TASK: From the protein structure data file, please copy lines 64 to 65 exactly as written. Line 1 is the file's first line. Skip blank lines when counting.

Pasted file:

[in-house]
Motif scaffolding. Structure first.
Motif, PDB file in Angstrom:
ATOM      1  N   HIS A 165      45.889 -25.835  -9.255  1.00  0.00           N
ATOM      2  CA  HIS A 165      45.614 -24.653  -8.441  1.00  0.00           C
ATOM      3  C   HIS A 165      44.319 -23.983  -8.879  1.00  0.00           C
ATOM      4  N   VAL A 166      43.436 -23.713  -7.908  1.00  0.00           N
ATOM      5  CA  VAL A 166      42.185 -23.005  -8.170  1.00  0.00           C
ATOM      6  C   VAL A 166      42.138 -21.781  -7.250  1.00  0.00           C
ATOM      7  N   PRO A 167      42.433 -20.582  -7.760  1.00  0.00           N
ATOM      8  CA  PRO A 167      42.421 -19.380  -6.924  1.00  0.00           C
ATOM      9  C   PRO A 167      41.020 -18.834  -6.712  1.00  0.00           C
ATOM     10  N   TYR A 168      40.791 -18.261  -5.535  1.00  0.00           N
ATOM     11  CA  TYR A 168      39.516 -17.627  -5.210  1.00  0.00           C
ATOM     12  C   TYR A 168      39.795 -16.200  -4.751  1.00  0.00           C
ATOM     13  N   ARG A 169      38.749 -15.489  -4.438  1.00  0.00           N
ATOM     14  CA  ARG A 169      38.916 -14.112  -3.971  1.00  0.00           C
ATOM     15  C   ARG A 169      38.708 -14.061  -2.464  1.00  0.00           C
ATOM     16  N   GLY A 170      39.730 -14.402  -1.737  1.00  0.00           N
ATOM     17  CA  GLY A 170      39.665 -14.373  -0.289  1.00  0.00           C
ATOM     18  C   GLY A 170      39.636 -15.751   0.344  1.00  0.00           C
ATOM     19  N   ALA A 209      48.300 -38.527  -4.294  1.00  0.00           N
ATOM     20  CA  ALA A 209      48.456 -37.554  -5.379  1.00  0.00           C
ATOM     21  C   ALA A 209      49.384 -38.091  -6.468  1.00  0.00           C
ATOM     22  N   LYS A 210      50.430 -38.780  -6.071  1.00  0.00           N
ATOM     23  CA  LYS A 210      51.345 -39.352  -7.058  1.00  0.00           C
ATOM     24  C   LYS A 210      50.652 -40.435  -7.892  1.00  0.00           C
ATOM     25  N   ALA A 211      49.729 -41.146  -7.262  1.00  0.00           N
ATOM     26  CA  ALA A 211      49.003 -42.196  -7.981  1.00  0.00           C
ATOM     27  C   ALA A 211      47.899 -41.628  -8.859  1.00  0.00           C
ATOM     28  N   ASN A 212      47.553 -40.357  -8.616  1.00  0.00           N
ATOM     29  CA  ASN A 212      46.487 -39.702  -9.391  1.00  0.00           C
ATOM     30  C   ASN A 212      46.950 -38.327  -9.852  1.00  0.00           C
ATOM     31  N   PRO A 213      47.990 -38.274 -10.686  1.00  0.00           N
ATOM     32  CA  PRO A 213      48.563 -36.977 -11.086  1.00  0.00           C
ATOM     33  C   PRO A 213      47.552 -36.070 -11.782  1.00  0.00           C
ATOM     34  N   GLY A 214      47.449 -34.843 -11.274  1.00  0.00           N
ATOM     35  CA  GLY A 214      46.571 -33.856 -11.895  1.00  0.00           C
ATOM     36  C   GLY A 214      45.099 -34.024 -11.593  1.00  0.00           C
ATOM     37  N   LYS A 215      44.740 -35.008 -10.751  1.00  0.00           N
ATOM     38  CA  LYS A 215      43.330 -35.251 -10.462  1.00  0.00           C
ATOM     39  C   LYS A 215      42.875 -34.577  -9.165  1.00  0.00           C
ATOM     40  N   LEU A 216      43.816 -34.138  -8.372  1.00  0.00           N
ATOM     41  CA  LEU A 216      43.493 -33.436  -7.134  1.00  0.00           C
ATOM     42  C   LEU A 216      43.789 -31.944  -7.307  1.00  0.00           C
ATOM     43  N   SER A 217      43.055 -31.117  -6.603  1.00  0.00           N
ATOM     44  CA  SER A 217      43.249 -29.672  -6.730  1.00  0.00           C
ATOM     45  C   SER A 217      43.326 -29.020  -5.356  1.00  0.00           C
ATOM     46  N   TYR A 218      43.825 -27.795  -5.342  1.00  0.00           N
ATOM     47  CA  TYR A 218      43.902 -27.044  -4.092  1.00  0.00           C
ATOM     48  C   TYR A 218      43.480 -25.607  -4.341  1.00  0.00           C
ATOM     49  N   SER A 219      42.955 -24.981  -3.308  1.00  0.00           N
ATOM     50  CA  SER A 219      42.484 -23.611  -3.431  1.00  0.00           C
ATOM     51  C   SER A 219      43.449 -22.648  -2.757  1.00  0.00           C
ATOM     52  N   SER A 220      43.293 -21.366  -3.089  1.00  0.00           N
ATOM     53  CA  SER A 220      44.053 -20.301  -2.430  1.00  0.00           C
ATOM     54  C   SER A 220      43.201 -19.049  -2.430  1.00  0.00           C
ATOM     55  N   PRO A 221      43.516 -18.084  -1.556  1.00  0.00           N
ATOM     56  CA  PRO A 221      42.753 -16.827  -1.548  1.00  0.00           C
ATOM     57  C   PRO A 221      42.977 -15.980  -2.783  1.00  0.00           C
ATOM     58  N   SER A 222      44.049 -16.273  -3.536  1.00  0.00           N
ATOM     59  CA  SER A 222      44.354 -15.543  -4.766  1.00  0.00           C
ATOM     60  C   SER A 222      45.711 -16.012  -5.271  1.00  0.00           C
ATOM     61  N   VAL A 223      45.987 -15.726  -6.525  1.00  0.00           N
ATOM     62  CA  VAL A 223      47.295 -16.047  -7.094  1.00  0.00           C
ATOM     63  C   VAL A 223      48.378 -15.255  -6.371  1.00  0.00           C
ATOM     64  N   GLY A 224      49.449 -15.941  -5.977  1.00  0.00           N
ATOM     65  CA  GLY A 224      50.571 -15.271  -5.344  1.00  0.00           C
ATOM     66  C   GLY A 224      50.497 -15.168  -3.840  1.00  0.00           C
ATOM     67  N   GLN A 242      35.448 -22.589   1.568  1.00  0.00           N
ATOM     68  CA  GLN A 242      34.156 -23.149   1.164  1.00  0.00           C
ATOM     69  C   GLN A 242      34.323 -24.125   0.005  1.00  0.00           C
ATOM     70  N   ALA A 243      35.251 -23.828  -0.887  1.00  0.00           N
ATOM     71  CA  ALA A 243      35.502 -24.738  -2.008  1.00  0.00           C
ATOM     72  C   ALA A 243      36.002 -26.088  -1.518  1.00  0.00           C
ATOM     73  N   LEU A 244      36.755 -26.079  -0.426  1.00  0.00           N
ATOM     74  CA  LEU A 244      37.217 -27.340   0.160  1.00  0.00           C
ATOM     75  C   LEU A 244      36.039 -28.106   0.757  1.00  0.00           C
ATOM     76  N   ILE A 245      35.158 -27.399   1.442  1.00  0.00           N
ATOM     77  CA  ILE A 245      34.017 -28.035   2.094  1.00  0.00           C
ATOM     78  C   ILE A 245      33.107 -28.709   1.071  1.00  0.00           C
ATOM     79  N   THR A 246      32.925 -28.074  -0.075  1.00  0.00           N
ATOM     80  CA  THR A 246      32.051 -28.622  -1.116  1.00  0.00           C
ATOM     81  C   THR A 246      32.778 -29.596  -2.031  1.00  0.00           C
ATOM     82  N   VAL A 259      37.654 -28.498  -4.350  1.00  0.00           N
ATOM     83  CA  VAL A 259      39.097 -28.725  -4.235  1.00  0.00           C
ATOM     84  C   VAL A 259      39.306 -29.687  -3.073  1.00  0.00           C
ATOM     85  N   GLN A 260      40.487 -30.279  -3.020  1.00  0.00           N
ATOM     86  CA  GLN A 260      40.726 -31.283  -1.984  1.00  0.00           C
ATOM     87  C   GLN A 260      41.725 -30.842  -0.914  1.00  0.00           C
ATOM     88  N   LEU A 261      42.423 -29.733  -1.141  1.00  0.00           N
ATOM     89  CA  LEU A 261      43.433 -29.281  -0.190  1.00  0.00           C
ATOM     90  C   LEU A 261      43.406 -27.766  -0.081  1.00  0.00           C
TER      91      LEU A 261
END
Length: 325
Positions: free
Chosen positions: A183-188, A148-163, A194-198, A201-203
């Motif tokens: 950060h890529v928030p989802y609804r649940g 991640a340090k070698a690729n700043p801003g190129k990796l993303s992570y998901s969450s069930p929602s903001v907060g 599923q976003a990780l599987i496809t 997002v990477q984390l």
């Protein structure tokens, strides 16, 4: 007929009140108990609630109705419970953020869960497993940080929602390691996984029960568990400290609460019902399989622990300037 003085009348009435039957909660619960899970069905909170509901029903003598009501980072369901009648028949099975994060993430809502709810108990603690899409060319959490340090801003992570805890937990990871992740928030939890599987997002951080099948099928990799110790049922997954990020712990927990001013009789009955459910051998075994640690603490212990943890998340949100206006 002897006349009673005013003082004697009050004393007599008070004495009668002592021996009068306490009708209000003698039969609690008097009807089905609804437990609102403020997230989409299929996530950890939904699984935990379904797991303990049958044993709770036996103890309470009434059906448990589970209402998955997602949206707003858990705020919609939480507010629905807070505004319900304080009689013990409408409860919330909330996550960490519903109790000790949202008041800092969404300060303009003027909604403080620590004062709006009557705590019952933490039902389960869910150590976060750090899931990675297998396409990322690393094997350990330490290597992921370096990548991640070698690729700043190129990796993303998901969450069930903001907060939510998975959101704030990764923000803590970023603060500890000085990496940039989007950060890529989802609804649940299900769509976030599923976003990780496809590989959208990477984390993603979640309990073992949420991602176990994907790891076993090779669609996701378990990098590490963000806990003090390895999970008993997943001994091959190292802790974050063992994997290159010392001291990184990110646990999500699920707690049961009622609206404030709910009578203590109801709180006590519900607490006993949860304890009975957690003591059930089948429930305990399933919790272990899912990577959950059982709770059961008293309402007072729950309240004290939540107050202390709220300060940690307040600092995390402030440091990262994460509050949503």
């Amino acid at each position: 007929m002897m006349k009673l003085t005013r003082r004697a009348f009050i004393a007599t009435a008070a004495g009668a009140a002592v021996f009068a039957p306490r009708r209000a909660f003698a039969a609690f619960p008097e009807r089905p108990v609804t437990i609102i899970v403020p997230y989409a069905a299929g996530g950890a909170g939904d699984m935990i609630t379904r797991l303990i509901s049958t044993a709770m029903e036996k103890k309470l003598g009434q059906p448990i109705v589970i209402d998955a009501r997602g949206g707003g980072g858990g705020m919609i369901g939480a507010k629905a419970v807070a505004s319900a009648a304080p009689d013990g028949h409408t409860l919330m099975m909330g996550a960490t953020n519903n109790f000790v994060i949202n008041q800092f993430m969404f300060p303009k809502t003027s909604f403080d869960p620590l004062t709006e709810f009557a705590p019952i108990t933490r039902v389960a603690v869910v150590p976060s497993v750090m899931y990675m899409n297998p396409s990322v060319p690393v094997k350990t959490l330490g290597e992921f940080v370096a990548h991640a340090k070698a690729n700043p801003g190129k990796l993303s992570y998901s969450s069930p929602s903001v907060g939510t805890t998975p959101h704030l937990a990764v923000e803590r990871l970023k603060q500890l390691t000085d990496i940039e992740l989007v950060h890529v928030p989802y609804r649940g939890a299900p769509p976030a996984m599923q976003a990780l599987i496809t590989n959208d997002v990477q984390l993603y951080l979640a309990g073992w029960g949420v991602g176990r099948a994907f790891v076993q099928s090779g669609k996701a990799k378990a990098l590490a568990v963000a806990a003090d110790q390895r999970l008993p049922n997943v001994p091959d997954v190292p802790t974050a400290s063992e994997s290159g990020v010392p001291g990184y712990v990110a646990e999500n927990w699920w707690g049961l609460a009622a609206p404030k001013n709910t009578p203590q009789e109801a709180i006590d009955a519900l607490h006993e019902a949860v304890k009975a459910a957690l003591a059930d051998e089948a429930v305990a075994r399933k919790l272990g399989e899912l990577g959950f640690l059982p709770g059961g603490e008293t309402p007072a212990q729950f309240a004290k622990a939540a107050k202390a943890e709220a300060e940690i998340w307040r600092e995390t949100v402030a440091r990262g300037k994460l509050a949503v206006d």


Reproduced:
ATOM     61  N   VAL A 223      45.987 -15.726  -6.525  1.00  0.00           N
ATOM     62  CA  VAL A 223      47.295 -16.047  -7.094  1.00  0.00           C